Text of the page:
With all the focus in the local scene around getting startups off the ground with seed funding and other early stage investments, a gap is growing in the Australian landscape when it comes to later stage capital.
Currently, the venture capital investment is focusing on what’s called the “valley of death”, or that period between an idea’s conception and a first major investment. This is the time in the startup’s life where it bleeds money before real customers begin buying the product or using the service. And with that comes a 90% failure rate, hence the name.
But local VC firm OneVentures, which launched a $100 million fund for later stage companies at the end of last year, believes that in Australia a second valley of death has emerged in the later stage of the company.
Later stage startups are those that have already got a product on the market and are perhaps even making money, but need significant capital to build their business further.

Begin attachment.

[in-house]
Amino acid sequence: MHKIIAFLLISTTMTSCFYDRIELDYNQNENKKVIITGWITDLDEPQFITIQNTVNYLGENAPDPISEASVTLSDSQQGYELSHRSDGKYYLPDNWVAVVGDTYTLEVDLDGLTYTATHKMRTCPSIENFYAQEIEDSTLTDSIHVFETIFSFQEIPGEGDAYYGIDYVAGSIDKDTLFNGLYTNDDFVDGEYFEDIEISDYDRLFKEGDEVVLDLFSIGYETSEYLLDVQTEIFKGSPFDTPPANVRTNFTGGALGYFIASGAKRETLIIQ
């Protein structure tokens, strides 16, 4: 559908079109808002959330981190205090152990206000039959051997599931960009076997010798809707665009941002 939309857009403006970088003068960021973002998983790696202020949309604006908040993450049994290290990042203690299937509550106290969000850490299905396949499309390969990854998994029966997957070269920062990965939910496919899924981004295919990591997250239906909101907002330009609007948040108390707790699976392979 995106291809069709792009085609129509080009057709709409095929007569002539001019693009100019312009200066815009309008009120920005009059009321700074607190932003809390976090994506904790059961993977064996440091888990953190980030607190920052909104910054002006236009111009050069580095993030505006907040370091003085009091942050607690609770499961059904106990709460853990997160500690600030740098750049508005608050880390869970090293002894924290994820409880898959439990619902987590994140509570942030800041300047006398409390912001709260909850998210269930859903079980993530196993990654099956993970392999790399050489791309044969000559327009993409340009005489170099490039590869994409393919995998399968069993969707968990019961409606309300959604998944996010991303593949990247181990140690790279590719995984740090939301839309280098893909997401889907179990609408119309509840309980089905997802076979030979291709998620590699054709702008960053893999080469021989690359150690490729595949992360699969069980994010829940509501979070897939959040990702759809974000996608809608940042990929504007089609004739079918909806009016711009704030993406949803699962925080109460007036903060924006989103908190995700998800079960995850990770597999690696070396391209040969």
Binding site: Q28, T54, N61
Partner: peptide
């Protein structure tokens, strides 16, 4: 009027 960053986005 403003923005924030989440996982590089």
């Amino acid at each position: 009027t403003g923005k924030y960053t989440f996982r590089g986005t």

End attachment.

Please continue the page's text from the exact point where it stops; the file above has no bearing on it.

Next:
In 2007, later stage investment peaked at around $90 million in Australia, but in 2015 that figure was halved. Without that funding, it forces companies to search offshore for opportunities or go for premature ASX listings.
Shifting the focus
OneVentures CEO and managing director Dr Michelle Deaker said today that, “it is terrific to see the recent focus on the start-up community and on innovation more broadly – these are the first steps in creating a vibrant innovation economy in Australia.
“What’s needed now is a broader focus on providing the capital and expertise to traverse the second valley of death if Australia is to build real businesses that make sustainable contributions to our economy. This is arguably most critical stage where ideas become products that are commercialised resulting in significant job creation and shareholder value.”
Deaker added that the investors need to move away from the idea of trying to find the next “unicorn”, and need to build towards backing companies that can have a highly successful business.
“Success stories such as Uber and Facebook are exceptions that prove the rule,” she said.
“Rather than trying to find a unicorn, we focus on hunting ‘dragons’ – companies that ideally return the whole of a fund to investors.”